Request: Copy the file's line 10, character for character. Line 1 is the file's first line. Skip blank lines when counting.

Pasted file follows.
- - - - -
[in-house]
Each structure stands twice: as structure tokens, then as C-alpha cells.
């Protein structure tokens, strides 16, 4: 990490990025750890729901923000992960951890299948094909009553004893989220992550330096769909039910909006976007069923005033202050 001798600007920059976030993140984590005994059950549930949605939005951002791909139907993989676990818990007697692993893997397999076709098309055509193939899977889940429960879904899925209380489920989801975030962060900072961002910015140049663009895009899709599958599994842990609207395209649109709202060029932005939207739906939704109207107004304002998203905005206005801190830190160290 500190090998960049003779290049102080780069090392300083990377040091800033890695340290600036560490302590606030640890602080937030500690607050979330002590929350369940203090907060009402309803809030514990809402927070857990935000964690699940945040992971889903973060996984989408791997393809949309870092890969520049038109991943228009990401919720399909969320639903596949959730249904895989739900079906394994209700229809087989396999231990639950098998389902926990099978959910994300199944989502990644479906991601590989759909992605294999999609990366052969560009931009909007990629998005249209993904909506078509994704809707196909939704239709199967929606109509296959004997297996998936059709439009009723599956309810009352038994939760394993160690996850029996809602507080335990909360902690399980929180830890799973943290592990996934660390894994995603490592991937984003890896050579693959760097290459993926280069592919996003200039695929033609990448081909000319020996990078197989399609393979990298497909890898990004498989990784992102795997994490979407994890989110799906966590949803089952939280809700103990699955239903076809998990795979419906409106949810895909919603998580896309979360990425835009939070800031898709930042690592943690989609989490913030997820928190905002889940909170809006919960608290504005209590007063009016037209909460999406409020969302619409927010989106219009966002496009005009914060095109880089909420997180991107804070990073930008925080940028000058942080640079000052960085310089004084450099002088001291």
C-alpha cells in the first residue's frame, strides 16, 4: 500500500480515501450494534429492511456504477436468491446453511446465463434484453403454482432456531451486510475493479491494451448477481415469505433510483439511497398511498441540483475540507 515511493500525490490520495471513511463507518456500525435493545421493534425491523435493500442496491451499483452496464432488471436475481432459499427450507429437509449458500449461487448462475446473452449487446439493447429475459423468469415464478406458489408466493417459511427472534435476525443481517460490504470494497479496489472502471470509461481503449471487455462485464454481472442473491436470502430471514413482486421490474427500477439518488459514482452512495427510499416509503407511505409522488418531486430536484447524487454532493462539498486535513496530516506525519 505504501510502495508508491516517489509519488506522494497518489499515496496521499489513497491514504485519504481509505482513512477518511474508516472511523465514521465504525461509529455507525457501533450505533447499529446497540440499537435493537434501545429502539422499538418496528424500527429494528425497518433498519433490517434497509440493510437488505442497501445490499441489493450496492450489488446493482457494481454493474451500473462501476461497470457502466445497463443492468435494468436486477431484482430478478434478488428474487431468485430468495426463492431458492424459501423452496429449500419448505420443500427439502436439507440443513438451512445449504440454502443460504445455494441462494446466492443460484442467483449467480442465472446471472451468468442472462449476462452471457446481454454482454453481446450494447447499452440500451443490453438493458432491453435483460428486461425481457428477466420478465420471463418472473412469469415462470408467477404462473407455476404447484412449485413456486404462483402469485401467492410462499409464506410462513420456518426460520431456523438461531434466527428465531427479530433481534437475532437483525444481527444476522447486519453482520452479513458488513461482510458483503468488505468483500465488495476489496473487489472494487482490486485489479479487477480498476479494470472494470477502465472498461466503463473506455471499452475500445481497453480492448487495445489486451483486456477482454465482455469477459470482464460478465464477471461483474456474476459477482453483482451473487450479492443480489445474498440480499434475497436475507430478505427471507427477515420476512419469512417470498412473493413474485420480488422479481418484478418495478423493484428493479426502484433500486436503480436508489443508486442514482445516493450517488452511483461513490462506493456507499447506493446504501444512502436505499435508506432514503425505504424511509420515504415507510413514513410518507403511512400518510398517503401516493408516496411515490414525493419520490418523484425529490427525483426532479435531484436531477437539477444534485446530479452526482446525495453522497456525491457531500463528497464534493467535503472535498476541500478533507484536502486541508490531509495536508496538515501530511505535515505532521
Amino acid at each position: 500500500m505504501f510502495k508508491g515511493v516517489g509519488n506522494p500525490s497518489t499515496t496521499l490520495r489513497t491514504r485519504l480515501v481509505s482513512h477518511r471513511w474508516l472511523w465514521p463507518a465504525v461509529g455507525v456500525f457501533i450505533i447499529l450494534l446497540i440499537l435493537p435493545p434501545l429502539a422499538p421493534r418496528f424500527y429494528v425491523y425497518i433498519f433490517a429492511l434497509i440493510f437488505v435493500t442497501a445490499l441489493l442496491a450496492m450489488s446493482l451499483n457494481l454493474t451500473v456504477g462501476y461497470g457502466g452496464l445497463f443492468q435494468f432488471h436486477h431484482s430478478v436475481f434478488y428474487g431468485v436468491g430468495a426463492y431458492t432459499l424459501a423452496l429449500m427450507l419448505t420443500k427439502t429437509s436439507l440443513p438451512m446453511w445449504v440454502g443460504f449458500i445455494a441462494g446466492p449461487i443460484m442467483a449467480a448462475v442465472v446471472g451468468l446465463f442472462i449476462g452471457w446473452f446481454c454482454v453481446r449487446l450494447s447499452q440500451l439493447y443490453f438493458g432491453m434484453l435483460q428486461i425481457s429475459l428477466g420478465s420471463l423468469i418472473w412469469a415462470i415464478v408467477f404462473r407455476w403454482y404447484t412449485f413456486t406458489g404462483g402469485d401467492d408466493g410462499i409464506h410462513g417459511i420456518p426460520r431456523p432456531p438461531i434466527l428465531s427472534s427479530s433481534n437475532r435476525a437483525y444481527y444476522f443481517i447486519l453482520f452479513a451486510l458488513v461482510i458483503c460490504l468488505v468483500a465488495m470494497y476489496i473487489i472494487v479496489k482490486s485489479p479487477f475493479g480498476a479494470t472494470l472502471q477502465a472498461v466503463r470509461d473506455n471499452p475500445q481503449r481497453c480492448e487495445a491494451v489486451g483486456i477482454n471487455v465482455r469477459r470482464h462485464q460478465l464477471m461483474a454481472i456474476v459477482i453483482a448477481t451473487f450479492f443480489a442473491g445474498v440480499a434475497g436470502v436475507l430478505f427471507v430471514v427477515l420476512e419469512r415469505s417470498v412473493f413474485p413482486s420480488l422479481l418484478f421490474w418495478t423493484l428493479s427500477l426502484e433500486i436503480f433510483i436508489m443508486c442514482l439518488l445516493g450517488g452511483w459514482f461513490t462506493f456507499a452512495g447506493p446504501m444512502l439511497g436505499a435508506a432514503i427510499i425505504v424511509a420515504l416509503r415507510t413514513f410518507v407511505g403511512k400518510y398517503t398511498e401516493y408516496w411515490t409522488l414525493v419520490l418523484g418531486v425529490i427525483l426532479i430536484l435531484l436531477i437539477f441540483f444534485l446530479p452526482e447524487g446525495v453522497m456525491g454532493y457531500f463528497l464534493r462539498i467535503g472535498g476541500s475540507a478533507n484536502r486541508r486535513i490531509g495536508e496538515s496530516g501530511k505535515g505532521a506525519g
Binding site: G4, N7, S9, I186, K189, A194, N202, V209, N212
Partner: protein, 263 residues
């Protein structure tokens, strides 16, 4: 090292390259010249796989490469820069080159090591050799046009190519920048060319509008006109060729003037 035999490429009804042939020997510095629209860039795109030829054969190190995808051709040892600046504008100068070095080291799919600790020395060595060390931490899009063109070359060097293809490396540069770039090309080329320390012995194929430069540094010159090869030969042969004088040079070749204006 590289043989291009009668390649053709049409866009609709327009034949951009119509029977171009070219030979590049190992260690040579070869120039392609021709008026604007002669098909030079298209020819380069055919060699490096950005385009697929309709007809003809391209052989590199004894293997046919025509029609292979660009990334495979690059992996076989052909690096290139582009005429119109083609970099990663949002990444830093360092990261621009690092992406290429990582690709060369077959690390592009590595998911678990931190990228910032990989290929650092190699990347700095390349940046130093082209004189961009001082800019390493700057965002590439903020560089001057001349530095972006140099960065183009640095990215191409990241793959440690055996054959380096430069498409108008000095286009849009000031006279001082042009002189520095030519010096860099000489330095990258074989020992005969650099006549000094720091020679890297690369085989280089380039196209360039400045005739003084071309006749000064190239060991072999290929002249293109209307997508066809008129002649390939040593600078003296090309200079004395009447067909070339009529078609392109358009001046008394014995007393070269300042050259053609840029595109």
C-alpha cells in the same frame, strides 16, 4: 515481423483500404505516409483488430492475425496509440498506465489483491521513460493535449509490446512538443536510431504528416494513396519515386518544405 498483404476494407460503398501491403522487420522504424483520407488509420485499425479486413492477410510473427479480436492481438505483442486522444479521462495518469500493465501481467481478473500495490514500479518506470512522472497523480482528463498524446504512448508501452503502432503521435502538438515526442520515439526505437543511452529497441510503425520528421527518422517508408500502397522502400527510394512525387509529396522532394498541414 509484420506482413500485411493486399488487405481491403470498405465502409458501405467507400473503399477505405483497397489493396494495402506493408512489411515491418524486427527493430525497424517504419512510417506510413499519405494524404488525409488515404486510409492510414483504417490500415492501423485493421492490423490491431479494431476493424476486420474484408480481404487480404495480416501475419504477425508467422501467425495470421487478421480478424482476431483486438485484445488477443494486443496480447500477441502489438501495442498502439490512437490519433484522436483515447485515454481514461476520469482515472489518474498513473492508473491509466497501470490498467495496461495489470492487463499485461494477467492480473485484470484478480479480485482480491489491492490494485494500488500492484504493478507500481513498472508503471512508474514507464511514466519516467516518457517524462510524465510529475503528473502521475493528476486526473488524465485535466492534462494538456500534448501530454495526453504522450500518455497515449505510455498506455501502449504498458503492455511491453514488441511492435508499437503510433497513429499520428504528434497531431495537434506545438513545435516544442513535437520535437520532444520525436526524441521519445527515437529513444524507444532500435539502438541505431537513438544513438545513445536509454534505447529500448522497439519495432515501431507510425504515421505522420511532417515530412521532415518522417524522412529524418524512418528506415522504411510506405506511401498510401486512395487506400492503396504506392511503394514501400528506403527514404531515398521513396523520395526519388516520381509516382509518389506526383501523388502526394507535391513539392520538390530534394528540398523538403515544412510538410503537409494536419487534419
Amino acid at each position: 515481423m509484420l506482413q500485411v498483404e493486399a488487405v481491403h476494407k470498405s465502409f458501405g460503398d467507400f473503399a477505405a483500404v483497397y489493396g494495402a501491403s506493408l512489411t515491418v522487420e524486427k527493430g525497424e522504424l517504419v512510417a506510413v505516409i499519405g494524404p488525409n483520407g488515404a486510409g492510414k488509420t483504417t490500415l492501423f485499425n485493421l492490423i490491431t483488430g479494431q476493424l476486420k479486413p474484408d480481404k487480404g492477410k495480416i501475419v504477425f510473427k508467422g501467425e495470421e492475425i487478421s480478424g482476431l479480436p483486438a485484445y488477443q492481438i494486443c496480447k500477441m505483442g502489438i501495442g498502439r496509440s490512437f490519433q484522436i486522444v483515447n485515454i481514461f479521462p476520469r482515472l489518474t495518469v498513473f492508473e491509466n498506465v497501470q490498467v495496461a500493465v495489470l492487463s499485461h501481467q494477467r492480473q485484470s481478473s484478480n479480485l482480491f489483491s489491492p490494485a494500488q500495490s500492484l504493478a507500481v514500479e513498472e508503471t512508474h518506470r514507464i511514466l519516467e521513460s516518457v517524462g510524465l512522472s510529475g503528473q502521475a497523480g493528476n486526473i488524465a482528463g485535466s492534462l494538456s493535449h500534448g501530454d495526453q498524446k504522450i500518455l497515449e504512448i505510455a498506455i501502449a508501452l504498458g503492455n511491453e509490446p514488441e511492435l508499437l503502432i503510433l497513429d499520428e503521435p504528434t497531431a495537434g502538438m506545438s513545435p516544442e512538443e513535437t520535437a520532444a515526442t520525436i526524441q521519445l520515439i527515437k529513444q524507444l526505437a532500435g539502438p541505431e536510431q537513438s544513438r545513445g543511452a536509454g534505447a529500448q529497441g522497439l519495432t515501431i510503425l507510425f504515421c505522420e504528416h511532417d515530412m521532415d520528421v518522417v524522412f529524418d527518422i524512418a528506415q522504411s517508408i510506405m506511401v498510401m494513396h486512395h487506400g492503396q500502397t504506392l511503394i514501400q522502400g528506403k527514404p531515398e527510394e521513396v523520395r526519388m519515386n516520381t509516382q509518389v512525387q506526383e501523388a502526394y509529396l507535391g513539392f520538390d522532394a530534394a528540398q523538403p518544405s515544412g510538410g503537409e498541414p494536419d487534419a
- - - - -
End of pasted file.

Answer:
Amino acid at each position: 515481423m509484420l506482413q500485411v498483404e493486399a488487405v481491403h476494407k470498405s465502409f458501405g460503398d467507400f473503399a477505405a483500404v483497397y489493396g494495402a501491403s506493408l512489411t515491418v522487420e524486427k527493430g525497424e522504424l517504419v512510417a506510413v505516409i499519405g494524404p488525409n483520407g488515404a486510409g492510414k488509420t483504417t490500415l492501423f485499425n485493421l492490423i490491431t483488430g479494431q476493424l476486420k479486413p474484408d480481404k487480404g492477410k495480416i501475419v504477425f510473427k508467422g501467425e495470421e492475425i487478421s480478424g482476431l479480436p483486438a485484445y488477443q492481438i494486443c496480447k500477441m505483442g502489438i501495442g498502439r496509440s490512437f490519433q484522436i486522444v483515447n485515454i481514461f479521462p476520469r482515472l489518474t495518469v498513473f492508473e491509466n498506465v497501470q490498467v495496461a500493465v495489470l492487463s499485461h501481467q494477467r492480473q485484470s481478473s484478480n479480485l482480491f489483491s489491492p490494485a494500488q500495490s500492484l504493478a507500481v514500479e513498472e508503471t512508474h518506470r514507464i511514466l519516467e521513460s516518457v517524462g510524465l512522472s510529475g503528473q502521475a497523480g493528476n486526473i488524465a482528463g485535466s492534462l494538456s493535449h500534448g501530454d495526453q498524446k504522450i500518455l497515449e504512448i505510455a498506455i501502449a508501452l504498458g503492455n511491453e509490446p514488441e511492435l508499437l503502432i503510433l497513429d499520428e503521435p504528434t497531431a495537434g502538438m506545438s513545435p516544442e512538443e513535437t520535437a520532444a515526442t520525436i526524441q521519445l520515439i527515437k529513444q524507444l526505437a532500435g539502438p541505431e536510431q537513438s544513438r545513445g543511452a536509454g534505447a529500448q529497441g522497439l519495432t515501431i510503425l507510425f504515421c505522420e504528416h511532417d515530412m521532415d520528421v518522417v524522412f529524418d527518422i524512418a528506415q522504411s517508408i510506405m506511401v498510401m494513396h486512395h487506400g492503396q500502397t504506392l511503394i514501400q522502400g528506403k527514404p531515398e527510394e521513396v523520395r526519388m519515386n516520381t509516382q509518389v512525387q506526383e501523388a502526394y509529396l507535391g513539392f520538390d522532394a530534394a528540398q523538403p518544405s515544412g510538410g503537409e498541414p494536419d487534419a